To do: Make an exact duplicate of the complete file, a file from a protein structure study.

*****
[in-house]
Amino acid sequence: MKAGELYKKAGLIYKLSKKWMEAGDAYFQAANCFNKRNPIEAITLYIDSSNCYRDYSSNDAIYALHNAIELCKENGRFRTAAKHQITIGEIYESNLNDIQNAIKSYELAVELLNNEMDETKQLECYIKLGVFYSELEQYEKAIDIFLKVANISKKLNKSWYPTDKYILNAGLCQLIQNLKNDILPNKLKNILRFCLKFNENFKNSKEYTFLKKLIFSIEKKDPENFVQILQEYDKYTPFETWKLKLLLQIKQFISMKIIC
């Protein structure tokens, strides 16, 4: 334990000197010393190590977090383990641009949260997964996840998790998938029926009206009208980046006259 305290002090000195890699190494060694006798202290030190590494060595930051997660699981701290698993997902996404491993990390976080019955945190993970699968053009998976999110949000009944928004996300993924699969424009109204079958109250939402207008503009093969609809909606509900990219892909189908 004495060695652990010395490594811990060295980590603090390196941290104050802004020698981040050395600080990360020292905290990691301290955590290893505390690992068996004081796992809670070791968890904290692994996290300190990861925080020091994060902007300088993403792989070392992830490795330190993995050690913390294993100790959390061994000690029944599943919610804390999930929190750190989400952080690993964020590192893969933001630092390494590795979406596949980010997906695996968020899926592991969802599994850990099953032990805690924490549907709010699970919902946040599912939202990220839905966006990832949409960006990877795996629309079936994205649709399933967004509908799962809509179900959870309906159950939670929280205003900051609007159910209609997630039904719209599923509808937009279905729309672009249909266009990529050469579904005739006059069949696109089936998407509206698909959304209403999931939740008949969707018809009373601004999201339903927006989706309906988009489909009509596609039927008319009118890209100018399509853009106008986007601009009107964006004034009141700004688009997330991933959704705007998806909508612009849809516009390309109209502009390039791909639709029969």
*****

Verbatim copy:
[in-house]
Amino acid sequence: MKAGELYKKAGLIYKLSKKWMEAGDAYFQAANCFNKRNPIEAITLYIDSSNCYRDYSSNDAIYALHNAIELCKENGRFRTAAKHQITIGEIYESNLNDIQNAIKSYELAVELLNNEMDETKQLECYIKLGVFYSELEQYEKAIDIFLKVANISKKLNKSWYPTDKYILNAGLCQLIQNLKNDILPNKLKNILRFCLKFNENFKNSKEYTFLKKLIFSIEKKDPENFVQILQEYDKYTPFETWKLKLLLQIKQFISMKIIC
């Protein structure tokens, strides 16, 4: 334990000197010393190590977090383990641009949260997964996840998790998938029926009206009208980046006259 305290002090000195890699190494060694006798202290030190590494060595930051997660699981701290698993997902996404491993990390976080019955945190993970699968053009998976999110949000009944928004996300993924699969424009109204079958109250939402207008503009093969609809909606509900990219892909189908 004495060695652990010395490594811990060295980590603090390196941290104050802004020698981040050395600080990360020292905290990691301290955590290893505390690992068996004081796992809670070791968890904290692994996290300190990861925080020091994060902007300088993403792989070392992830490795330190993995050690913390294993100790959390061994000690029944599943919610804390999930929190750190989400952080690993964020590192893969933001630092390494590795979406596949980010997906695996968020899926592991969802599994850990099953032990805690924490549907709010699970919902946040599912939202990220839905966006990832949409960006990877795996629309079936994205649709399933967004509908799962809509179900959870309906159950939670929280205003900051609007159910209609997630039904719209599923509808937009279905729309672009249909266009990529050469579904005739006059069949696109089936998407509206698909959304209403999931939740008949969707018809009373601004999201339903927006989706309906988009489909009509596609039927008319009118890209100018399509853009106008986007601009009107964006004034009141700004688009997330991933959704705007998806909508612009849809516009390309109209502009390039791909639709029969």